For the last ten years, the city ran what was known as the overflow shelter. When the county took it over in June, they made major changes.
First of all, women were moved to another shelter. Men sleep in beds instead of on cots and mats. However, the most important change is in philosophy. They now want to treat the whole person.
Carl Sandlin lost everything, including his home during Hurricane Floyd. He is now trying to rebuild his life, and he is doing it in the Wake County men's shelter on South Wilmington Street.
"They got all kinds of programs," he says. "One's got to work for me."
There is no charge to stay at the shelter and it offers more than just a place to hang your hat.
"Building relationships and gaining people's trust goes a long way in getting them to accept help," says Anne Burke of Urban Ministries.
The men can get substance abuse help, job counseling and AIDS testing -- all under one roof. The goal is to give them the needed resources to point them towards independence.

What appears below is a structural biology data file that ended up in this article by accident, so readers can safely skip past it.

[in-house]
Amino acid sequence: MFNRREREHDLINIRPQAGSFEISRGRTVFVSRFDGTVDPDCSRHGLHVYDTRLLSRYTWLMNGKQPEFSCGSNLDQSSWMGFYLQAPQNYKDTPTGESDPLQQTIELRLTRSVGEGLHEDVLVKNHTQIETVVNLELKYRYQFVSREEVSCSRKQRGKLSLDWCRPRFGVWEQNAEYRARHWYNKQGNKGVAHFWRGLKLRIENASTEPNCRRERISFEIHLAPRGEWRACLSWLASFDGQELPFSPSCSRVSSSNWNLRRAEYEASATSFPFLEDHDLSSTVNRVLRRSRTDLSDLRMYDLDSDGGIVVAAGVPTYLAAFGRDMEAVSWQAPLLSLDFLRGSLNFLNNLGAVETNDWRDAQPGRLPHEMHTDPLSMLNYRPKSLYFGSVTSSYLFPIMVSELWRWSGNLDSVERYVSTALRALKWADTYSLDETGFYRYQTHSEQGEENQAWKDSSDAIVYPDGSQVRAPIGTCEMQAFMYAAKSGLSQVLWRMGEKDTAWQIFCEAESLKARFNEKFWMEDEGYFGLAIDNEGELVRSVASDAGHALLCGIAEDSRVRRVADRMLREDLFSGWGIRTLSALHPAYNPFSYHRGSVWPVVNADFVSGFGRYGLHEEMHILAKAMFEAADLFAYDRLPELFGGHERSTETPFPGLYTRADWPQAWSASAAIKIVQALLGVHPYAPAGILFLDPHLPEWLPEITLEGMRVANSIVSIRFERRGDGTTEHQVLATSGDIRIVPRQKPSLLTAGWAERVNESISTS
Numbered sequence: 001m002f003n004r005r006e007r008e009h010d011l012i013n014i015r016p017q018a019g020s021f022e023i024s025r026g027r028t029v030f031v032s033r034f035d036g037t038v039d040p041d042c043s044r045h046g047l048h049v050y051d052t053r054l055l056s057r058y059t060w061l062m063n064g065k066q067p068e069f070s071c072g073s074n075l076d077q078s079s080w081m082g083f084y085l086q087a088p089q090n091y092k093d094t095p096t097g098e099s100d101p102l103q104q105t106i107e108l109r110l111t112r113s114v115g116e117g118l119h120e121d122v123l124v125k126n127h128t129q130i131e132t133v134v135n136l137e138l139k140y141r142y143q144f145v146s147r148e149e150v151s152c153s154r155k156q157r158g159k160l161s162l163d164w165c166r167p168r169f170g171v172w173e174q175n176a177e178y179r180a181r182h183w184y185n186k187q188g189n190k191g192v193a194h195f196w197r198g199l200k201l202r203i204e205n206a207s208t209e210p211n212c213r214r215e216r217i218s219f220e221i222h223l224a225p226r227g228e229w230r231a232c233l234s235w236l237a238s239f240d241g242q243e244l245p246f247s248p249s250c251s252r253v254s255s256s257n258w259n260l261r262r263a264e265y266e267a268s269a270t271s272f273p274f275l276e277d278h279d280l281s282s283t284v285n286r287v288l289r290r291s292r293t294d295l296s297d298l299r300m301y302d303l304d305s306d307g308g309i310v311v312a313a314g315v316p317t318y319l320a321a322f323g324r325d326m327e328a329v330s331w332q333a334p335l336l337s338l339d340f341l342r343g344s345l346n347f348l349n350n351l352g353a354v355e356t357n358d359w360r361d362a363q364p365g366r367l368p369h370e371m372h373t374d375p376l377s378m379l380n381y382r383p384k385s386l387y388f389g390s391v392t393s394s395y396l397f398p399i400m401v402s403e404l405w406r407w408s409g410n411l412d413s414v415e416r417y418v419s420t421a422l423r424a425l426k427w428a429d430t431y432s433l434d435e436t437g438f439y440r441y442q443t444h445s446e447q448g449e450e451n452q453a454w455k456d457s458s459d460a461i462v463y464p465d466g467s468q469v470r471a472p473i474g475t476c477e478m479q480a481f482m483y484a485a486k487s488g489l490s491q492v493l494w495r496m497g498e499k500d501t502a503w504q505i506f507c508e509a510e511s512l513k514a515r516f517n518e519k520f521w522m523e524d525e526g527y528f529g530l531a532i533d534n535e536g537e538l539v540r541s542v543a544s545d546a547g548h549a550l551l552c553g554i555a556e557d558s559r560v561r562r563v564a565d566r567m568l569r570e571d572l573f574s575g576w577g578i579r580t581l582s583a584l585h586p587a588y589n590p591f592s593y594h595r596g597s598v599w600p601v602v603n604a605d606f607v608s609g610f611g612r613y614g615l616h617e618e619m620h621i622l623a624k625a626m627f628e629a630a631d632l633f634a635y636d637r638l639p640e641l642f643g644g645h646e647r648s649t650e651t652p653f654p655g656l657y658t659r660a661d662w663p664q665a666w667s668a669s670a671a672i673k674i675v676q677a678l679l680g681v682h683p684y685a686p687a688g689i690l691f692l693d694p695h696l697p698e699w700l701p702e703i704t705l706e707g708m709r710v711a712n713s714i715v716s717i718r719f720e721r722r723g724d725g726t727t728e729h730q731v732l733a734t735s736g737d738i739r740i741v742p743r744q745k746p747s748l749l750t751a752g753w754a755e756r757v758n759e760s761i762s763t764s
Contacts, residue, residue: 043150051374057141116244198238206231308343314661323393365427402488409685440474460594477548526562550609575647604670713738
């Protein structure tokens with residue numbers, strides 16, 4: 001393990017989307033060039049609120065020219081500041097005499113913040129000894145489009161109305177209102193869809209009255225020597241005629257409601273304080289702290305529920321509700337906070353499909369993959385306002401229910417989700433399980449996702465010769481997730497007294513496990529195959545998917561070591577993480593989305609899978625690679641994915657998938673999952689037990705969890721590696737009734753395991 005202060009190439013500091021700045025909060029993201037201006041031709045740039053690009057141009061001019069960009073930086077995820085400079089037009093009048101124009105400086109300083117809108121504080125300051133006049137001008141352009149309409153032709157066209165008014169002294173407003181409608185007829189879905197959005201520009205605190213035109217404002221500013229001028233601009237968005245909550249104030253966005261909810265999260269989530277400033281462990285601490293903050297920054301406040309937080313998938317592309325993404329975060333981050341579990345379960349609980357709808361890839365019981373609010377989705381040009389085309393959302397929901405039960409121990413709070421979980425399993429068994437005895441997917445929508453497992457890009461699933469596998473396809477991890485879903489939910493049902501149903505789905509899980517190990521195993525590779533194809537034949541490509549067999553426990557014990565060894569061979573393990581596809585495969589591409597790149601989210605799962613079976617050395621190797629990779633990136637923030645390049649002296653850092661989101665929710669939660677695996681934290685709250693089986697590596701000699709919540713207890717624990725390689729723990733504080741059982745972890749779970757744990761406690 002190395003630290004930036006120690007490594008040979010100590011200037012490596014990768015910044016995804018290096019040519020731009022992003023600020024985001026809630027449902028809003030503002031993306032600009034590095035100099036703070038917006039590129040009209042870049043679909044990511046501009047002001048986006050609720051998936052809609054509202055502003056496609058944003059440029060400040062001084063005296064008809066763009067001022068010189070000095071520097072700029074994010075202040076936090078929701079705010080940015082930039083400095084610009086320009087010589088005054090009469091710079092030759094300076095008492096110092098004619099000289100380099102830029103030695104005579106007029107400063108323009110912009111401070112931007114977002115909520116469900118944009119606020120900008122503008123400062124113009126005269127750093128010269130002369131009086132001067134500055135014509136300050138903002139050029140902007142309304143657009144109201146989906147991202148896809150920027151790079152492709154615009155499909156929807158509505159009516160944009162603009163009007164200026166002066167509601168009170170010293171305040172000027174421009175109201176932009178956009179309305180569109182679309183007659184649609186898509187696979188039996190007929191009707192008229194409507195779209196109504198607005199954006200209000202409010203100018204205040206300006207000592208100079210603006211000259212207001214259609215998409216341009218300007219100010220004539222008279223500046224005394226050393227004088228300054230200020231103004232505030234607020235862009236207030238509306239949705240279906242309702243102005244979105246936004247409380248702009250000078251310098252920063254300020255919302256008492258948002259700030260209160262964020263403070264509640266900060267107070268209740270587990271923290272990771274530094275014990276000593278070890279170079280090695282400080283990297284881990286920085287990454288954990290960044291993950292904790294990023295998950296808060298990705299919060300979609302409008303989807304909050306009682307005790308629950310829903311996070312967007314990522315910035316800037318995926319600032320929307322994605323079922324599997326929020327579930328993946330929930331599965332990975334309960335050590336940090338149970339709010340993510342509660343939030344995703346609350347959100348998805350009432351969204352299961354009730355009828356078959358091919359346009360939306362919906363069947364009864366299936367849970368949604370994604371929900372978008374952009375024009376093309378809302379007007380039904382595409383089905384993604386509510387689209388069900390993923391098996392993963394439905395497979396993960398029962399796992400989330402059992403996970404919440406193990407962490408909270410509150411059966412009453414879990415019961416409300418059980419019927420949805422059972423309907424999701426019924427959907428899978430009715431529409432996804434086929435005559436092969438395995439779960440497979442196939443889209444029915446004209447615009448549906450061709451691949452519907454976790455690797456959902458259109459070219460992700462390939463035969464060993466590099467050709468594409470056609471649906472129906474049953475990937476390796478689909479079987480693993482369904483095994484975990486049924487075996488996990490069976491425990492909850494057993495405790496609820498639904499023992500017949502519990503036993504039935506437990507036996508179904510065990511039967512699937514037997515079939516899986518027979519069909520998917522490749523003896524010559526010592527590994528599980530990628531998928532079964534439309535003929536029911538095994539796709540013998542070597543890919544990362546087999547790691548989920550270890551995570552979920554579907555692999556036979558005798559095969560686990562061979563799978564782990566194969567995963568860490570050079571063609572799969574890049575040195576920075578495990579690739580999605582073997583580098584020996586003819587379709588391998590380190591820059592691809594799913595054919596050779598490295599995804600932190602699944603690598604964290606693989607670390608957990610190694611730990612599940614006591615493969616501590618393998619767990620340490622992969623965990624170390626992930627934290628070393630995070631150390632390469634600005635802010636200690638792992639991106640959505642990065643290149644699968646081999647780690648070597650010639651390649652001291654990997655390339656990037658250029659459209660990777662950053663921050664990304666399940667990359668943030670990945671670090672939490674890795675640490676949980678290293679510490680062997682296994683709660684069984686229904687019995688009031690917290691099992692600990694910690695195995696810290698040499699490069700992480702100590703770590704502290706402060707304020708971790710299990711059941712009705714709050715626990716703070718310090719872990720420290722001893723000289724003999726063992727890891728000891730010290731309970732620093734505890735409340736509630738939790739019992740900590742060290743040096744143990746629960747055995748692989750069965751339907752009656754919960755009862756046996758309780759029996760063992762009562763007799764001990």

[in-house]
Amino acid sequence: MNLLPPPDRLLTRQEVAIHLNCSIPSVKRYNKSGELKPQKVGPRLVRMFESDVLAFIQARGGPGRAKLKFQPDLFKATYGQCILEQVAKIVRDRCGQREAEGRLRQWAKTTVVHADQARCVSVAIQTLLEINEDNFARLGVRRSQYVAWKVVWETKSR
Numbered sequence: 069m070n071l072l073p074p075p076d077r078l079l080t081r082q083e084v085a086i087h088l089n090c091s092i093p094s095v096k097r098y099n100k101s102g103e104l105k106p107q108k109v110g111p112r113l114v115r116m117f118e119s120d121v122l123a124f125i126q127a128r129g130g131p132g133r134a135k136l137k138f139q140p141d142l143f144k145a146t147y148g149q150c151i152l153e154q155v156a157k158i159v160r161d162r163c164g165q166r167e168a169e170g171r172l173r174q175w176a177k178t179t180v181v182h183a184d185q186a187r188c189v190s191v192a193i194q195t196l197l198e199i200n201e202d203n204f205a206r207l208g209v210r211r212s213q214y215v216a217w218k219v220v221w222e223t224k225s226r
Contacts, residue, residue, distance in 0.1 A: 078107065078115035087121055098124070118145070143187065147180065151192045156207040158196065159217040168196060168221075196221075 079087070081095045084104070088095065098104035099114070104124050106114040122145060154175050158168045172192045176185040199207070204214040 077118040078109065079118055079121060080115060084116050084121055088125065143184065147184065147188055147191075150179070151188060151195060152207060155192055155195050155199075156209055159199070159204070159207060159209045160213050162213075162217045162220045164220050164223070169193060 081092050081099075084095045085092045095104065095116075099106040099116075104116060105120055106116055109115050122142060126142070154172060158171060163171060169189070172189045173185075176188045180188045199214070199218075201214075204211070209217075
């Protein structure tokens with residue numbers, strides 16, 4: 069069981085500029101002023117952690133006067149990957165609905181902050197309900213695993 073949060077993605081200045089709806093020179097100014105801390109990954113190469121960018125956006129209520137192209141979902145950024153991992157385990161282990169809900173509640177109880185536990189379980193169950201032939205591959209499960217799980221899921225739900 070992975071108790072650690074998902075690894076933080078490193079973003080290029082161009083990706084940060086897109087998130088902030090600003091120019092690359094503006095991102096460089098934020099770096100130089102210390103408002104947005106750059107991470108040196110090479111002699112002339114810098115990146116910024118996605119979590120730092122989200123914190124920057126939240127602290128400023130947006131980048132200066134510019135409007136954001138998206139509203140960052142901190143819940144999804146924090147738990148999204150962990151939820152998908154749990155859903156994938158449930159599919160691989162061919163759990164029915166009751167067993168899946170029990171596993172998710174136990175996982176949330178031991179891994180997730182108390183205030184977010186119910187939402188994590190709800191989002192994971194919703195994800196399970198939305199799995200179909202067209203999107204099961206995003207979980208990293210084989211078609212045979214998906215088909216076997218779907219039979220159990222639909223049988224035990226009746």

"We want to be able to see some movement. Men will start moving out and we can start moving people into apartments," says Mary Jean Seyda, Wake County Homeless Coordinator.
Sandlin says he is determined to make a change. He wants a permanent place to call home.
"I'm not going to give up. I'm going to keep trying," he says.
The shelter is getting ready for some major renovations in the fall that will give the men more room. The shelter also plans to hold a job fair in the next two weeks.
Anyone who would like to volunteer at the shelter can call919-828-8480, extension 16.
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